How Spellbreak Breaks the Generic Battle Royale Spell(Break)
Spellbreak, from Proletariat, Inc., is yet another battle royale game for the pile.
Wait, no! Come back! It’s pretty good!
I’m not a battle royale guy. I’m not really an online multiplayer guy, truth be told. I put my time into Team Fortress 2 back in the day, and I played an unhealthy amount of Overwatch back in 2015 when I was slightly more depressed than I am now, but other than that, it’s never been my thing. As such, the battle royale phenomenon has largely passed me by.
I am, of course, aware of Fortnite. In fact, I have a lot of respect for it. Well, sort of. While I loathe Epic’s revolting attempts to weaponise their fan base of children in a legal battle with the even more repugnant Apple, I admire the simplicity and ubiquity of their product. When they’re not making tacky references to George Orwell novels they haven’t read (the only people who reference 1984 are people who haven’t read 1984), Epic are kings of the battle royale with a game so popular and marketable that it almost certainly keeps PlayerUnknown up at night wondering what the hell happened. It’s the great equaliser of the playground, available for free on practically every device with a screen and an internet connection. The idea that kids from all walks of life have a better chance of being able to participate in the current phenomenon is fantastic. Nobody wants to be the kid left out.
I played a couple of games of Fortnite when it first launched (somehow winning my very first game entirely by accident before immediately sucking thereafter, more on this later) but it wasn’t for me. I love it in theory, but not in practice.
All this is to say: Spellbreak has succeeded in getting its hooks into me where Fortnite failed. Spellbreak caught my eye during Gamescom’s Opening Night Live and is more or less the only thing I remember from that presentation. Wasteland 3 might have excited, had I not already been playing it on Game Pass during the announcement. I digress.
Spellbreak’s distinctive art style, which feels pleasingly derivative of Breath of the Wild, immediately drew me in. So attractive is the art direction and general vibe of the game that I was willing to overlook it belonging to a genre I have little interest in and downloaded it as soon as I could. Hey, it’s also free! (I also keep referring to it as ‘Spellbreakers’ because that’s a better name. You’re welcome, Proletariat. Hit me up on Twitter for my fee and Ko-Fi link.)
Spellbreak should feel immediately familiar to anyone who has played a battle royale before. Huge map, 42 players, ever-closing death circle. It’s everything you’ve come to expect, with a fantasy RPG twist. Players choose an elemental class from a list of six at the beginning of every match. The different elemental classes feel suitably unique and offer a substantially different experience beyond different coloured projectiles. For example, the Frostborn class’s primary attack, Ice Lance, leaves a frozen trail in its wake. The player may then skate on the ice trail for an increase in speed. It’s very cool. (Pun not initially intended, but retroactively intended given further consideration.)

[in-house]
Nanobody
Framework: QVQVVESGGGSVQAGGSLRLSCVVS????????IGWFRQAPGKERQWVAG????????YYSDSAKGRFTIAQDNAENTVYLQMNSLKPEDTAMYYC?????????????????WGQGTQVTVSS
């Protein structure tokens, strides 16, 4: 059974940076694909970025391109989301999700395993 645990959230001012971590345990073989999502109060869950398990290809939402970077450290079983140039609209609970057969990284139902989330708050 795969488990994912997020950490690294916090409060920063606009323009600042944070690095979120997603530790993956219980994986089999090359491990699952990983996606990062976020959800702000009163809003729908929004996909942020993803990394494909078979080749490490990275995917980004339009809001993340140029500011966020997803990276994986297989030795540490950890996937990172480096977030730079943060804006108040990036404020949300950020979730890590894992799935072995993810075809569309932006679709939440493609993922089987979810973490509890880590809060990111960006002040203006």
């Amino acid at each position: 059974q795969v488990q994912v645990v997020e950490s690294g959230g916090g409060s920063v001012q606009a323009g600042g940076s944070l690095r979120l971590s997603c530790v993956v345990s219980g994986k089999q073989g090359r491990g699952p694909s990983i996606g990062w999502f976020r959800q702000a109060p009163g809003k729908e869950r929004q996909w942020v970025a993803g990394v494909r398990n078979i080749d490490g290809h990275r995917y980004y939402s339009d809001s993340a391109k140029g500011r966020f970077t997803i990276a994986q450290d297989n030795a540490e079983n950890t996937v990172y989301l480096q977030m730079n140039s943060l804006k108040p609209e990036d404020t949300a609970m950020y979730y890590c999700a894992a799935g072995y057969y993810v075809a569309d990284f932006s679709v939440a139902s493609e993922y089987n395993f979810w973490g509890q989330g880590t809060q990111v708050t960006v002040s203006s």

Your chosen class levels up when the next designated safe zone is reached, up to Level 4, with each level unlocking one of the class’s skills. Following class selection, players (either solo or in a squad) drop into a sprawling, varied map known as the Hollow Lands, which is littered with chests packed with loot. This loot includes belts to facilitate the use of armour and health restoratives, boots that increase your speed, and amulets that increase your mana (your pool of magic juice that you use to cast spells and hover). There are also Scrolls, which can be read to raise the effectiveness of your equipped buffs, and artifacts of varying tiers that provide a number of additional abilities, such as flight, invisibility, and teleportation. Most significantly, secondary elemental gauntlets can be found and equipped, allowing for the combination of the two equipped elements, leading to devastating effects. For example, combining a toxic cloud with a fire spell will yield a delightfully explosive cloud of death. Similarly, conjuring a whirlwind and then hitting it with lightning magic will combine the two into exactly what you want and expect. These are very satisfying to pull off and add a little extra something to the already immense pleasure of watching your foes explode in a shower of their own hard-earned loot. It’s easy to learn and difficult to master, and one gets the impression that high-level play will consist of the tactical use of specific elemental combinations to combat and nullify skilled opponents. There’s a lot more depth here than simply flinging fireballs at folk.